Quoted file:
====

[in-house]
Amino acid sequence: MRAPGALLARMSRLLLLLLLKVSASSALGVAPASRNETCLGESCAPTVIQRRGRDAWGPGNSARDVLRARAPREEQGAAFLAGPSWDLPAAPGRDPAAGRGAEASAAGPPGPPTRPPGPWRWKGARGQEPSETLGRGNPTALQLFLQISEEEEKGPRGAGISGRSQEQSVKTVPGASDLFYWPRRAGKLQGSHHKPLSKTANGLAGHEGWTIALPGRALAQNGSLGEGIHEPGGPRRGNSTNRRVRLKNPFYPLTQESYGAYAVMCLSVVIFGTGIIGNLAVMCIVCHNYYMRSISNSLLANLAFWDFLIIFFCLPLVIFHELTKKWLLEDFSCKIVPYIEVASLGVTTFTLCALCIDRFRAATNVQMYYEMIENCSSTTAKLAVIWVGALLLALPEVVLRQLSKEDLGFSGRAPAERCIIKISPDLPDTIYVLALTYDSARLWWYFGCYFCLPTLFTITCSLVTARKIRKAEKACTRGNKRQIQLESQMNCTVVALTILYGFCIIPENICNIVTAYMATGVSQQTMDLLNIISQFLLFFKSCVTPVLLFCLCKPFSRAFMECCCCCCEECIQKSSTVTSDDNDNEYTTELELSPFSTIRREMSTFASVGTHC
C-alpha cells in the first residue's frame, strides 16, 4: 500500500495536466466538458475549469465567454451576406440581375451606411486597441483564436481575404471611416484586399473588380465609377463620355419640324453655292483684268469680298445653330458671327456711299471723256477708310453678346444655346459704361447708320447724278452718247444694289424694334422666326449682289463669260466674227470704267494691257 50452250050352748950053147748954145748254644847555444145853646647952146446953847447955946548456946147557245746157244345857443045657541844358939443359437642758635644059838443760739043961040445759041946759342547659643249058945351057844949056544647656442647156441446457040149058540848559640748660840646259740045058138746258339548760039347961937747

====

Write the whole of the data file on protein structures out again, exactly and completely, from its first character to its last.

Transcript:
[in-house]
Amino acid sequence: MRAPGALLARMSRLLLLLLLKVSASSALGVAPASRNETCLGESCAPTVIQRRGRDAWGPGNSARDVLRARAPREEQGAAFLAGPSWDLPAAPGRDPAAGRGAEASAAGPPGPPTRPPGPWRWKGARGQEPSETLGRGNPTALQLFLQISEEEEKGPRGAGISGRSQEQSVKTVPGASDLFYWPRRAGKLQGSHHKPLSKTANGLAGHEGWTIALPGRALAQNGSLGEGIHEPGGPRRGNSTNRRVRLKNPFYPLTQESYGAYAVMCLSVVIFGTGIIGNLAVMCIVCHNYYMRSISNSLLANLAFWDFLIIFFCLPLVIFHELTKKWLLEDFSCKIVPYIEVASLGVTTFTLCALCIDRFRAATNVQMYYEMIENCSSTTAKLAVIWVGALLLALPEVVLRQLSKEDLGFSGRAPAERCIIKISPDLPDTIYVLALTYDSARLWWYFGCYFCLPTLFTITCSLVTARKIRKAEKACTRGNKRQIQLESQMNCTVVALTILYGFCIIPENICNIVTAYMATGVSQQTMDLLNIISQFLLFFKSCVTPVLLFCLCKPFSRAFMECCCCCCEECIQKSSTVTSDDNDNEYTTELELSPFSTIRREMSTFASVGTHC
C-alpha cells in the first residue's frame, strides 16, 4: 500500500495536466466538458475549469465567454451576406440581375451606411486597441483564436481575404471611416484586399473588380465609377463620355419640324453655292483684268469680298445653330458671327456711299471723256477708310453678346444655346459704361447708320447724278452718247444694289424694334422666326449682289463669260466674227470704267494691257 50452250050352748950053147748954145748254644847555444145853646647952146446953847447955946548456946147557245746157244345857443045657541844358939443359437642758635644059838443760739043961040445759041946759342547659643249058945351057844949056544647656442647156441446457040149058540848559640748660840646259740045058138746258339548760039347961937747